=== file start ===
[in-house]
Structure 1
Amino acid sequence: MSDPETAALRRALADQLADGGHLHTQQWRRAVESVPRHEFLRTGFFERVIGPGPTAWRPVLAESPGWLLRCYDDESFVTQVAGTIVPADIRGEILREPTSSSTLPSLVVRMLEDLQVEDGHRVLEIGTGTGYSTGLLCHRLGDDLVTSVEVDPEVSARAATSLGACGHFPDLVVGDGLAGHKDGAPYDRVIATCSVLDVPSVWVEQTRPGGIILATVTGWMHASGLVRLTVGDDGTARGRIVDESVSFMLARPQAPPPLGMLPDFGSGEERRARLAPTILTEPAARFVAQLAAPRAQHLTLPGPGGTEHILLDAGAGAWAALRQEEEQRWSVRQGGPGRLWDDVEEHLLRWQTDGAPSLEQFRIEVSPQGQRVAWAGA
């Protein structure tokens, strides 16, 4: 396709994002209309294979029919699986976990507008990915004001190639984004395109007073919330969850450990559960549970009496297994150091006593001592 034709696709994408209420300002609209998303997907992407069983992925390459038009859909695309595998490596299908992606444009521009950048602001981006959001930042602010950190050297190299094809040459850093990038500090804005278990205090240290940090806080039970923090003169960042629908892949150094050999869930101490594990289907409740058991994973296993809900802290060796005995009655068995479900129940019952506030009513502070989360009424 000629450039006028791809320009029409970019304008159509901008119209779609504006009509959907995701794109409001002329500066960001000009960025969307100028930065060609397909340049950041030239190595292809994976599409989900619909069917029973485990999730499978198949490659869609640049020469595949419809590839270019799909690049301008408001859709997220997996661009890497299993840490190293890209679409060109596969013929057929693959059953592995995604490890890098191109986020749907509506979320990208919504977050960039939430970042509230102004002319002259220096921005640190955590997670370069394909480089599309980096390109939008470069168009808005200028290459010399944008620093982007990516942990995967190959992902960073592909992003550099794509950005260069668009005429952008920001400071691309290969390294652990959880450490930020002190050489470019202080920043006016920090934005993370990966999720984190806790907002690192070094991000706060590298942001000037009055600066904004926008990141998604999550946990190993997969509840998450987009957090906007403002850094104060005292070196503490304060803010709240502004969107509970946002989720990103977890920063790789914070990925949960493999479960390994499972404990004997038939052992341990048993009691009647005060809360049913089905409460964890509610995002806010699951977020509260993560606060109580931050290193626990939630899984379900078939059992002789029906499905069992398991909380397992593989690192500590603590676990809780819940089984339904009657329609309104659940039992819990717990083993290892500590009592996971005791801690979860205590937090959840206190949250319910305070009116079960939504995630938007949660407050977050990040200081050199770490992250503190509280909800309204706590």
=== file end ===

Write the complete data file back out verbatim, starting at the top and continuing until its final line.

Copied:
[in-house]
Structure 1
Amino acid sequence: MSDPETAALRRALADQLADGGHLHTQQWRRAVESVPRHEFLRTGFFERVIGPGPTAWRPVLAESPGWLLRCYDDESFVTQVAGTIVPADIRGEILREPTSSSTLPSLVVRMLEDLQVEDGHRVLEIGTGTGYSTGLLCHRLGDDLVTSVEVDPEVSARAATSLGACGHFPDLVVGDGLAGHKDGAPYDRVIATCSVLDVPSVWVEQTRPGGIILATVTGWMHASGLVRLTVGDDGTARGRIVDESVSFMLARPQAPPPLGMLPDFGSGEERRARLAPTILTEPAARFVAQLAAPRAQHLTLPGPGGTEHILLDAGAGAWAALRQEEEQRWSVRQGGPGRLWDDVEEHLLRWQTDGAPSLEQFRIEVSPQGQRVAWAGA
């Protein structure tokens, strides 16, 4: 396709994002209309294979029919699986976990507008990915004001190639984004395109007073919330969850450990559960549970009496297994150091006593001592 034709696709994408209420300002609209998303997907992407069983992925390459038009859909695309595998490596299908992606444009521009950048602001981006959001930042602010950190050297190299094809040459850093990038500090804005278990205090240290940090806080039970923090003169960042629908892949150094050999869930101490594990289907409740058991994973296993809900802290060796005995009655068995479900129940019952506030009513502070989360009424 000629450039006028791809320009029409970019304008159509901008119209779609504006009509959907995701794109409001002329500066960001000009960025969307100028930065060609397909340049950041030239190595292809994976599409989900619909069917029973485990999730499978198949490659869609640049020469595949419809590839270019799909690049301008408001859709997220997996661009890497299993840490190293890209679409060109596969013929057929693959059953592995995604490890890098191109986020749907509506979320990208919504977050960039939430970042509230102004002319002259220096921005640190955590997670370069394909480089599309980096390109939008470069168009808005200028290459010399944008620093982007990516942990995967190959992902960073592909992003550099794509950005260069668009005429952008920001400071691309290969390294652990959880450490930020002190050489470019202080920043006016920090934005993370990966999720984190806790907002690192070094991000706060590298942001000037009055600066904004926008990141998604999550946990190993997969509840998450987009957090906007403002850094104060005292070196503490304060803010709240502004969107509970946002989720990103977890920063790789914070990925949960493999479960390994499972404990004997038939052992341990048993009691009647005060809360049913089905409460964890509610995002806010699951977020509260993560606060109580931050290193626990939630899984379900078939059992002789029906499905069992398991909380397992593989690192500590603590676990809780819940089984339904009657329609309104659940039992819990717990083993290892500590009592996971005791801690979860205590937090959840206190949250319910305070009116079960939504995630938007949660407050977050990040200081050199770490992250503190509280909800309204706590």